Last week, I had an opportunity to instruct a Software Carpentry bootcamp for an outstanding audience of women in science and engineering (WISE). This bootcamp was unique for multiple reasons:
Our collective goal for this workshop (and all others) was to introduce students to computational skills that are useful for doing science in a friendly, construcive environment. My personal goal for this workshop was to inspire our class with what they could learn in less than 16 hours and to promote “if I can do this, you can to” can-do attitudes.
All in all, I’m happy to report that this was a huge success. Nelle Varoquaux and myself were co-instructors for the intermediate class. Nelle is brilliant and made handling any tough questions easy. Anonymous feedback from our class suggested that everyone came away from the bootcamp having learned multiple new skills and enthused about learning more. I’m always super happy to find that every participant would recommend us to friends. :)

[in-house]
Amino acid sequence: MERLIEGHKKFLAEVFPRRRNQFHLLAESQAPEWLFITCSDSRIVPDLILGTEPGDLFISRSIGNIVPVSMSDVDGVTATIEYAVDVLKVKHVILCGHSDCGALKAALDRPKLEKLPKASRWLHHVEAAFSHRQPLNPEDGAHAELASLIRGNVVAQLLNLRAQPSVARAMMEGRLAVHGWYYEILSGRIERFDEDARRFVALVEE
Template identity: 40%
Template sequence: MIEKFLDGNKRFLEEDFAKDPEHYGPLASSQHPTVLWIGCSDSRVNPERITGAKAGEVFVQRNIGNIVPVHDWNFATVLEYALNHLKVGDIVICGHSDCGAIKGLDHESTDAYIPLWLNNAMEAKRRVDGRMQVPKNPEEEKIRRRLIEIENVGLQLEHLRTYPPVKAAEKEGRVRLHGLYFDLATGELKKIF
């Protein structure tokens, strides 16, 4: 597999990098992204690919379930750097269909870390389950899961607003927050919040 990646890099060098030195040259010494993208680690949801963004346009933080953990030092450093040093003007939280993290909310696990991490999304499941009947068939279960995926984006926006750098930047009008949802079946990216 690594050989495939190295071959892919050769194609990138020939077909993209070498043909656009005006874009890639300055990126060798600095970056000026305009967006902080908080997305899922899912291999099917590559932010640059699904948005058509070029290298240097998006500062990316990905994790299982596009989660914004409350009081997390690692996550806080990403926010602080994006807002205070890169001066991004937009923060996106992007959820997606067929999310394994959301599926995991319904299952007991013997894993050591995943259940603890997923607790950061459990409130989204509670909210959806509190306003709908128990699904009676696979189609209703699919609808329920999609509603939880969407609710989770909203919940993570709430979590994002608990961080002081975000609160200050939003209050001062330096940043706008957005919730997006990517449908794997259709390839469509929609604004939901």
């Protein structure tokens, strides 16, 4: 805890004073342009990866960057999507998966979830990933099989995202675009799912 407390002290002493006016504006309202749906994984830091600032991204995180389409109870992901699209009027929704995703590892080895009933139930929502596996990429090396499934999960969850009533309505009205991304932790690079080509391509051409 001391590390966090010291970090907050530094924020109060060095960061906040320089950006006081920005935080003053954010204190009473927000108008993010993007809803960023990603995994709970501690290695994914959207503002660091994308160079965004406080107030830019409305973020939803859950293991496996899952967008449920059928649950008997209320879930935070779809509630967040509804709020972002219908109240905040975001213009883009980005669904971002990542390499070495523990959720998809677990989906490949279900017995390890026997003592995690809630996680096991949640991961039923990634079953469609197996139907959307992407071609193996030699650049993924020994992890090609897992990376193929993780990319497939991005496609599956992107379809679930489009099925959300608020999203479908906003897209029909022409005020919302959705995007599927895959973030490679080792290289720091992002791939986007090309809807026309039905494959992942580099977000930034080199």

The workshop schedule was a standard recipe for SWC. The material for the intermediate class is on our repo. The first day, we covered databases and shell. The second day, we went through version control with git, python (and iPython), and NumPy.
Here’s some of the highlights of what I learned from the workshop.
Nelle and I had actually decided not to cover databases initially – as neither of us use them that much. A quick poll to the class indicated that more than half were interested in it, so we made a quick adjustment and had Sheeri Cabral (of Mozilla fame) instruct this as the first session. In 4 hours, the class could do a ton of data manipulation, sorting, and querying with minimal installation headaches. I’d never thought of running databasing as a first topic – usually its shell for me. But it was nice to show students with “relatively instant gratification” what they could do with a small amount of instruction. It also set a nice foundation for other topics.
Most SWC alumni will know what stickie notes are – students have good and bad colored stickie-note and use them to communicate how they are doing throughout the course and during exercises. “Bad” colored stickies are the best way to get either a talking instructor’s attention or a helper during an exercise. These were very effective during our class.